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White Bean Bruschetta

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You can used canned white beans in this recipe, but dried taste better.

Everyone likes an easy appetizer during the holidays. This White Bean Bruschetta can be made ahead of time and refrigerated for a day or two until needed. Bring to room temperature before topping the toast rounds.

“If you really want to make this dish in no time, pop open a can,” James Peterson writes in his new cookbook, “Kitchen Simple” (Ten Speed Press, $30). “Otherwise you can cook dried beans, which means this is no longer a quick dish. But if you have the time (about 2 hours), there’s really very little work involved and the beans will have a nicer flavor and texture.

“Dried beans are usually soaked overnight, but this isn’t necessary; it just cuts the cooking time by about 30 minutes. When cooking beans, don’t add the salt at the beginning as this can make them touch. on the other hand, if you add it at the very end, it won’t get absorbed into the beans. So a good compromise is to add it halfway through the cooking. you can serve the beans hot, as a simple salad, or as suggested here, atop little toasts.”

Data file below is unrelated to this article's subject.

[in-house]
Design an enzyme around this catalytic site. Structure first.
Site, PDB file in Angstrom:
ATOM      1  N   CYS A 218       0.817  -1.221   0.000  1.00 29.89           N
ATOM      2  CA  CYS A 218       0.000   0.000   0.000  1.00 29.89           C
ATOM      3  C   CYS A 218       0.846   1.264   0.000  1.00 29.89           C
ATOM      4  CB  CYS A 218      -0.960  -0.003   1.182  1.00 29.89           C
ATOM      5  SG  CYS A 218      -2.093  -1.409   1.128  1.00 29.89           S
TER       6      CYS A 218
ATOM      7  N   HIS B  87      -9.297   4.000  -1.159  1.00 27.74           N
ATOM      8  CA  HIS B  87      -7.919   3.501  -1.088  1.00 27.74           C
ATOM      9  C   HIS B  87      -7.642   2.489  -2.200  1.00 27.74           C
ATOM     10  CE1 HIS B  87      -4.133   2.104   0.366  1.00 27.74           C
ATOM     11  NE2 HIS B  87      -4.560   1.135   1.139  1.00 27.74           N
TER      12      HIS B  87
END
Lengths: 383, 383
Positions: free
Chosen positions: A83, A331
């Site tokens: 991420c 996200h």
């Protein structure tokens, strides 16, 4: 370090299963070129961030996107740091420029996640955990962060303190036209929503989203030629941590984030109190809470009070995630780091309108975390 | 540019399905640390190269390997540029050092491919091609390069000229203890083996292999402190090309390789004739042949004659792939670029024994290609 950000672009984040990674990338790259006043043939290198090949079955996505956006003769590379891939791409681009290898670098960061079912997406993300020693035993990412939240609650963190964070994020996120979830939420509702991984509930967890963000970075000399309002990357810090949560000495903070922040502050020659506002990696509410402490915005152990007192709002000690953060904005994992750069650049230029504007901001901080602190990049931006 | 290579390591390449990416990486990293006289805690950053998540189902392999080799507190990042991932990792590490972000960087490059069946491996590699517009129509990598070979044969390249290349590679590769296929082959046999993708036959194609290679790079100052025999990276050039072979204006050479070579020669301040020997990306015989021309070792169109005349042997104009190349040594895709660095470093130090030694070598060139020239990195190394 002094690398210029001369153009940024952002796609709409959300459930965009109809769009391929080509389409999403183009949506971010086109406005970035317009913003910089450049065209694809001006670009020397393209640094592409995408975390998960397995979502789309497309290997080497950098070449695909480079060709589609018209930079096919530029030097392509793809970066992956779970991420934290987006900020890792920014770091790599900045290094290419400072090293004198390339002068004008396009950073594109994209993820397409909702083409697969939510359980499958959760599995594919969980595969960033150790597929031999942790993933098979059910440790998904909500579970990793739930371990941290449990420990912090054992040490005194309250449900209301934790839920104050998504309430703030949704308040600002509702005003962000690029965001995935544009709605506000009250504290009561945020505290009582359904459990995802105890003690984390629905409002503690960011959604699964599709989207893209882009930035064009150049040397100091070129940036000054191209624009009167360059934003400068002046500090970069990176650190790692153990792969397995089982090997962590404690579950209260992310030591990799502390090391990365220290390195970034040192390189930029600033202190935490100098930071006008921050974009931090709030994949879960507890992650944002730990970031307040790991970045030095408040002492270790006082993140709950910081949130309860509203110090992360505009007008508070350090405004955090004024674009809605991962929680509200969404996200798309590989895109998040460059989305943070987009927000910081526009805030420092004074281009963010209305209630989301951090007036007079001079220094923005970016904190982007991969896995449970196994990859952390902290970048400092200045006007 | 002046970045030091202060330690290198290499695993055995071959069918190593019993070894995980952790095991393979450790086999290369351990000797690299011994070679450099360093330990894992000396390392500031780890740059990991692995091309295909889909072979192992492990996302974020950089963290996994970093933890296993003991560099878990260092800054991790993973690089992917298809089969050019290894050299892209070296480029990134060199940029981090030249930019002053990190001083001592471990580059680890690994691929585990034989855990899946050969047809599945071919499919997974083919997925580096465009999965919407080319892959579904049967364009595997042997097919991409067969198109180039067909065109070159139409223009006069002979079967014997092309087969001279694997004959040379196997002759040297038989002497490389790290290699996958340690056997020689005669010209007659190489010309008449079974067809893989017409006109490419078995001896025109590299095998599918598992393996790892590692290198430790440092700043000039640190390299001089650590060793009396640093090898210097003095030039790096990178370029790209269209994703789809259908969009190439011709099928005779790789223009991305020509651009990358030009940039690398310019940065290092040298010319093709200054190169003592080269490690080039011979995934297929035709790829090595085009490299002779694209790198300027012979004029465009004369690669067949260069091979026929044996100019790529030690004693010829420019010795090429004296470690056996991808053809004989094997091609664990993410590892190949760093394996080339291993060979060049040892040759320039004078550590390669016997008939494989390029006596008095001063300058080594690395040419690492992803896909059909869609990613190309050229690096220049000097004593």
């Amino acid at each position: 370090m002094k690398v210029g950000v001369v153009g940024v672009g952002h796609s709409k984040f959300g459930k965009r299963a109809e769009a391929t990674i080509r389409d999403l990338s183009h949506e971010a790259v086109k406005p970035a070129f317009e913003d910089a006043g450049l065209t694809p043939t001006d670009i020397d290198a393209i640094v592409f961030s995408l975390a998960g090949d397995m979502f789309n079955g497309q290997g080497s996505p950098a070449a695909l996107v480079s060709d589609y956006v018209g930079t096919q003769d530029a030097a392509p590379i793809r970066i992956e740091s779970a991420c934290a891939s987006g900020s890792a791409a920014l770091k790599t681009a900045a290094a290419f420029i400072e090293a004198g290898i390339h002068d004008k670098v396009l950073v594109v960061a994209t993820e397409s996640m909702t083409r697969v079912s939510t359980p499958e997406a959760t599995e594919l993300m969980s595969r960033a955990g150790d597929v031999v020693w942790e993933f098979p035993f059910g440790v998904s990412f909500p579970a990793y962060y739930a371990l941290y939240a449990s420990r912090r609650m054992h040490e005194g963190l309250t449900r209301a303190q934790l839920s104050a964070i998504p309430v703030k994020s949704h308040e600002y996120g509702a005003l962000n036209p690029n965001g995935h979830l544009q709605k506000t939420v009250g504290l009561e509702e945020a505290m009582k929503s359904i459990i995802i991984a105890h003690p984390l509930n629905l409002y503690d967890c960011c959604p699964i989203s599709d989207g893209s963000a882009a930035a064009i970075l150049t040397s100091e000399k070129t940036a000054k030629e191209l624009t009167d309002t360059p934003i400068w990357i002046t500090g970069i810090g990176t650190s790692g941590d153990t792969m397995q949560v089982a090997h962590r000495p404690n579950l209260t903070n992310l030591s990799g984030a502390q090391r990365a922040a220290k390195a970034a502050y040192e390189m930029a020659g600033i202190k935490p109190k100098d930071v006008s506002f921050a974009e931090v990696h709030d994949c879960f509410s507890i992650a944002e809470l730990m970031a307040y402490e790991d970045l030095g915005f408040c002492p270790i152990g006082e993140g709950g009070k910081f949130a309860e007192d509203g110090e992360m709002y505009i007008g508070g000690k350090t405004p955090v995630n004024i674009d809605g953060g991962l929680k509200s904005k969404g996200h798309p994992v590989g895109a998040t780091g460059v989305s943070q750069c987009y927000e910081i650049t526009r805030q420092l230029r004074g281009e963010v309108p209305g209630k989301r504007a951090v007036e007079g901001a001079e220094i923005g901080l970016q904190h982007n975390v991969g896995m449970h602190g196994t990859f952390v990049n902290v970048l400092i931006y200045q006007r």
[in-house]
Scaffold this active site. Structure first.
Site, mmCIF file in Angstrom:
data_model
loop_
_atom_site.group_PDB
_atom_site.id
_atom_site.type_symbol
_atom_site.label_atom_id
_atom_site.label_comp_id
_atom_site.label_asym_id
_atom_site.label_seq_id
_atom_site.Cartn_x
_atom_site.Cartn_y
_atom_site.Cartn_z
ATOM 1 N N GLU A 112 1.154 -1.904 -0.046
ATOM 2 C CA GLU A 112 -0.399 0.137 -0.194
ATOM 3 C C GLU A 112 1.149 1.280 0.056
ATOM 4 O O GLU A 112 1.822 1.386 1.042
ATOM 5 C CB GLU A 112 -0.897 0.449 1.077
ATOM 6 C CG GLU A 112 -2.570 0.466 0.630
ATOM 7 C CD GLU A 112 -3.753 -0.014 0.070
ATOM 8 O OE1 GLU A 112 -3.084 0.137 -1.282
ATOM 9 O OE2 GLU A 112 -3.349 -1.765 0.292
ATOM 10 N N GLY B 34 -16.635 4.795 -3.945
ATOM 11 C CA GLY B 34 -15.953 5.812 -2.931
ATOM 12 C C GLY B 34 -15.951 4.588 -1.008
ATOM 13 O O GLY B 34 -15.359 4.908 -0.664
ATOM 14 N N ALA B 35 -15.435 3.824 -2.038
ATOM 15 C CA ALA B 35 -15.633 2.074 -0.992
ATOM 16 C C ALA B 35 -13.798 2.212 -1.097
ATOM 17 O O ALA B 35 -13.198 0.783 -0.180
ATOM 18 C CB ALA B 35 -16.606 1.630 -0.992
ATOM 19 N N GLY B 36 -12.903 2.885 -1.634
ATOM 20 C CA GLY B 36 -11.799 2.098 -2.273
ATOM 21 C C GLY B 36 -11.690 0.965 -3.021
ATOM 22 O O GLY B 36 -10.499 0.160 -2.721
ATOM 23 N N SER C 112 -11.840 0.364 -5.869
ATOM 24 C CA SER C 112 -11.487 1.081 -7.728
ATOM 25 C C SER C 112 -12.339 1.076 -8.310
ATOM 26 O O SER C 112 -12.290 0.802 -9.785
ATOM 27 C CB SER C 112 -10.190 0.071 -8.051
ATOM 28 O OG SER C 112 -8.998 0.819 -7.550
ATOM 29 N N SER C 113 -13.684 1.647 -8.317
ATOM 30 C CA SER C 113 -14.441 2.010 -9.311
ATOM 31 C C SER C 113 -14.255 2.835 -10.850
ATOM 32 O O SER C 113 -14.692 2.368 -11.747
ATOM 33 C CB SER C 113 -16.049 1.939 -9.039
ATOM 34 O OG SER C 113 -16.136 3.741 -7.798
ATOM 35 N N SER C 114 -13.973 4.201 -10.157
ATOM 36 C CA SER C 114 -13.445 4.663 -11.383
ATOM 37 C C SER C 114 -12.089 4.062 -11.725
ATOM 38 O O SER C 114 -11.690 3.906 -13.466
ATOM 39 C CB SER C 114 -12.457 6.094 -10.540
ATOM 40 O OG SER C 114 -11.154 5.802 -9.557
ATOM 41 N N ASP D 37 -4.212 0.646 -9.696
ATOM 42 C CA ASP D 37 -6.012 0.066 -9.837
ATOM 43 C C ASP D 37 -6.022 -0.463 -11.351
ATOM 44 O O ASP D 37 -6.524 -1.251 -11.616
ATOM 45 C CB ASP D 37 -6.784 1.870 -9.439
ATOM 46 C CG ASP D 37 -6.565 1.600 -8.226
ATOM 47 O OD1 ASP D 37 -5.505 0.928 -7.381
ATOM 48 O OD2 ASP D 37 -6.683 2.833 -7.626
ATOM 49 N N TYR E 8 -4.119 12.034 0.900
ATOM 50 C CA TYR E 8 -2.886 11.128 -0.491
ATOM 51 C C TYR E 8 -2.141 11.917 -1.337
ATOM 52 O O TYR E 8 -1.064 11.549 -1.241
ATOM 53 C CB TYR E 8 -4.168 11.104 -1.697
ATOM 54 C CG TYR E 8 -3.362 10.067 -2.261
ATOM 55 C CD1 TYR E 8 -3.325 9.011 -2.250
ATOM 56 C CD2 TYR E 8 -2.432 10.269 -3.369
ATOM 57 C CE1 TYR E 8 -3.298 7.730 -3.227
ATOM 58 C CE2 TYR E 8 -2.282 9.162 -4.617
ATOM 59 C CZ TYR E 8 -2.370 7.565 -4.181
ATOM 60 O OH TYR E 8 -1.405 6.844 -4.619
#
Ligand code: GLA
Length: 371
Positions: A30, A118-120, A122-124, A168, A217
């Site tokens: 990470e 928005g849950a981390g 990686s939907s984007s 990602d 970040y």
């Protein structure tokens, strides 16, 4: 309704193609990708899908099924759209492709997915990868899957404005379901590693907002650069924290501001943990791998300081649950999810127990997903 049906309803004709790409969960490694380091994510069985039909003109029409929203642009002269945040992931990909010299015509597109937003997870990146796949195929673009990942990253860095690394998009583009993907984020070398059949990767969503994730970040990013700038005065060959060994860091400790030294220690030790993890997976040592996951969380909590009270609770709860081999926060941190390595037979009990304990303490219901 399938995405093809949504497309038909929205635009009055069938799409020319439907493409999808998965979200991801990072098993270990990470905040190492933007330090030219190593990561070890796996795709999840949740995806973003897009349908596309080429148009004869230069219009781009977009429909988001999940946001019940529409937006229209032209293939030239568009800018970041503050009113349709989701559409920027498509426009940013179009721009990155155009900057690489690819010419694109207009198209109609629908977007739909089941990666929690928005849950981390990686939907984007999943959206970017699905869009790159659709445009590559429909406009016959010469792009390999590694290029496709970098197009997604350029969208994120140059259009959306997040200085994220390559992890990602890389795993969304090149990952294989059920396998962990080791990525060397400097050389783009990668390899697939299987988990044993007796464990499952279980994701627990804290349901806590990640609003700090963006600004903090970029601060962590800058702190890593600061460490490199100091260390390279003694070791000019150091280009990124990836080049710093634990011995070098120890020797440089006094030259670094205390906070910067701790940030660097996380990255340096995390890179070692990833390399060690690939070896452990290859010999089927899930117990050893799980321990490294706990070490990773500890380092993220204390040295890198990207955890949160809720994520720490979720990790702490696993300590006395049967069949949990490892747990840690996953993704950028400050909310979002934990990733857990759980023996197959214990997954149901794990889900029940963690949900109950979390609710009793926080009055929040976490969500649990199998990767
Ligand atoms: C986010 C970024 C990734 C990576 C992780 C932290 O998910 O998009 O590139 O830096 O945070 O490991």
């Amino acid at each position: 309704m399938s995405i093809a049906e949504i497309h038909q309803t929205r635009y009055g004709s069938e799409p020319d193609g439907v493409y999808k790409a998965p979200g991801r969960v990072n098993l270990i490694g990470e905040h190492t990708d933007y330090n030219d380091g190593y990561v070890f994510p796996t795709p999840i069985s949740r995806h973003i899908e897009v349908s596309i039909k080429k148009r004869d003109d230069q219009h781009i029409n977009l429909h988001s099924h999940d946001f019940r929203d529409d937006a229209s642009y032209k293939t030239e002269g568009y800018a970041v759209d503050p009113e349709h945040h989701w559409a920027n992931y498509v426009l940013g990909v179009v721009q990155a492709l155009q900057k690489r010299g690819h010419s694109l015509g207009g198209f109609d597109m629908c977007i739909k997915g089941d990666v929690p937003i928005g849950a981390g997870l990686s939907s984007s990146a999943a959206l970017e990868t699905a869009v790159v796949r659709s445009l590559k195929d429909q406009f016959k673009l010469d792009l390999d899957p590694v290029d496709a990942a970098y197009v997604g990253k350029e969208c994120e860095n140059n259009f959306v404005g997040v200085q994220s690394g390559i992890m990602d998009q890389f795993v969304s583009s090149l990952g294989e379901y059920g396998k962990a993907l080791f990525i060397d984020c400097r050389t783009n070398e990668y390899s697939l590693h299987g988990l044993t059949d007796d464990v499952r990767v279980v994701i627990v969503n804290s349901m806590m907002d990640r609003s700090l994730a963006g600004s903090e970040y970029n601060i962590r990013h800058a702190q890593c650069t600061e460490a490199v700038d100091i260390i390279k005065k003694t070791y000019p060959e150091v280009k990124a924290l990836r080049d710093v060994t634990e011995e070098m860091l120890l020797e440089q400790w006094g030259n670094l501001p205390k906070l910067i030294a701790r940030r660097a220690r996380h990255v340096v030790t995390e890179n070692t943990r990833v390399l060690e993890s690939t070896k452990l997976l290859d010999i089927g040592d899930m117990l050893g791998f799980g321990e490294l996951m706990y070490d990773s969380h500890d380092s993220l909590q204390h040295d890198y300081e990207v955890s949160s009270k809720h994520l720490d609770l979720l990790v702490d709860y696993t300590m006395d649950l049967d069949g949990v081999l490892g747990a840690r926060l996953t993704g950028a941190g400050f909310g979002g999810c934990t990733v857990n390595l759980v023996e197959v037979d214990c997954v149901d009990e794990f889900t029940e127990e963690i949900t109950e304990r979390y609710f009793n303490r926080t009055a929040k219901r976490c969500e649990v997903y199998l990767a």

White Bean Bruschetta

1 cup dried beans, such as navy, cannellini, borlotti or other white bean
2 cloves garlic, peeled but left whole
10 sprigs fresh thyme
1 bay leaf
1 bunch parsley
1 teaspoon salt
1/2 cup extra-virgin olive oil
12 slices baguette, cut on an angle

Put the beans in a pot with enough water to cover by about 3 inches. Add the garlic. Tie together the thyme, bay leaf and parsley with a loose string and submerge the bundle in the beans. Simmer until a test bean is soft to the tooth, about an hour or two. Thirty minutes into the cooking, add the salt and add water as necessary if the beans begin to dry out. The goal is to have all the water evaporate at the instant the beans are done.

Transfer the beans to a mixing bowl and mix in the oil. Season to taste with pepper and let cool. Add more salt if necessary. Toast the bread on both sides under the broiler. Spoon the beans onto the toasts and serve.

Makes 12 hors d’oeuvres.

From “Kitchen Simple” by James Peterson


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